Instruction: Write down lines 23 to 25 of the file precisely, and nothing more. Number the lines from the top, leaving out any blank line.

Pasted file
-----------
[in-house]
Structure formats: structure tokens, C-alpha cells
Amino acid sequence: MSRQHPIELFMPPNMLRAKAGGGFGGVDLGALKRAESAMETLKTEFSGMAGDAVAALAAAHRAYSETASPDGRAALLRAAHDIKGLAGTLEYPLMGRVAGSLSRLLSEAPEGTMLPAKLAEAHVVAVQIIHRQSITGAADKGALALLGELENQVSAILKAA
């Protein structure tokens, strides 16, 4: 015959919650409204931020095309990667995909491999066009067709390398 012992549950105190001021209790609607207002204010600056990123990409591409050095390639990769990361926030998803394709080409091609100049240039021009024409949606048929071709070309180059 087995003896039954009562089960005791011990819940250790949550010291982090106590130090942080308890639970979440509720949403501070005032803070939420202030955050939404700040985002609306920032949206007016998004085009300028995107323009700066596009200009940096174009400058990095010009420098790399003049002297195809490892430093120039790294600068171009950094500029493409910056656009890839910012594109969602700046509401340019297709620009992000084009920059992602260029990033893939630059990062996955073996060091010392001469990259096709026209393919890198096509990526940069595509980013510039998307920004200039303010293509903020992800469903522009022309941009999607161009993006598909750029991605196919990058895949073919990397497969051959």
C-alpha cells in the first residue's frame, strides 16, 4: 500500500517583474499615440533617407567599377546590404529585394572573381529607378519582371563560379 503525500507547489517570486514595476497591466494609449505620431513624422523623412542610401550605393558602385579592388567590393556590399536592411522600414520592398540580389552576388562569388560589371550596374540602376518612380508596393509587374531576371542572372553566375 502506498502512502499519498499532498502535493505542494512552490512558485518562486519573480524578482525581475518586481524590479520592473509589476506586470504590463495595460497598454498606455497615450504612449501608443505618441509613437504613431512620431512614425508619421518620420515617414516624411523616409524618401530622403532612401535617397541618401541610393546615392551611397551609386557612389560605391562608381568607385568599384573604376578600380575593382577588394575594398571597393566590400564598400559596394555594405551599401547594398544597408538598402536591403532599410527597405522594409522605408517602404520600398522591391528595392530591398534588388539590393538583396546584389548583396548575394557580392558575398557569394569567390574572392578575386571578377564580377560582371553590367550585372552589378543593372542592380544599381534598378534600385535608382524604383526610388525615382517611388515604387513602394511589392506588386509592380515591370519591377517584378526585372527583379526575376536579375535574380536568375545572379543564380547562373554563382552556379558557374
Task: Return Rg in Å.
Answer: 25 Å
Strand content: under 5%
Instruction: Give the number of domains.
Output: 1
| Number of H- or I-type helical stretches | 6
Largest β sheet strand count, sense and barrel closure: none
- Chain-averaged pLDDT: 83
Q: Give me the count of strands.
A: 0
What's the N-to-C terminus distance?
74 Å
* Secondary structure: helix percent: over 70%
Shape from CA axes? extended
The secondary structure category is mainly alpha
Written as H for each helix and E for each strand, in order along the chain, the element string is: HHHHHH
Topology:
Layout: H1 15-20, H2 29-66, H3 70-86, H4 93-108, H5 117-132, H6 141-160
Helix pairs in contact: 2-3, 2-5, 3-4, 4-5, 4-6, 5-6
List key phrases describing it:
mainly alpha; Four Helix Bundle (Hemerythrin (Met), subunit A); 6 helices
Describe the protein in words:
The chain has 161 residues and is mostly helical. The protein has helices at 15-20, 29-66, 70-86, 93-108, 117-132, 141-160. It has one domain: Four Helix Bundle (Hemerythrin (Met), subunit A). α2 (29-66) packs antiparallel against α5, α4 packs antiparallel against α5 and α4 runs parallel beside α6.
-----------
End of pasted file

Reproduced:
Layout: H1 15-20, H2 29-66, H3 70-86, H4 93-108, H5 117-132, H6 141-160
Helix pairs in contact: 2-3, 2-5, 3-4, 4-5, 4-6, 5-6
List key phrases describing it: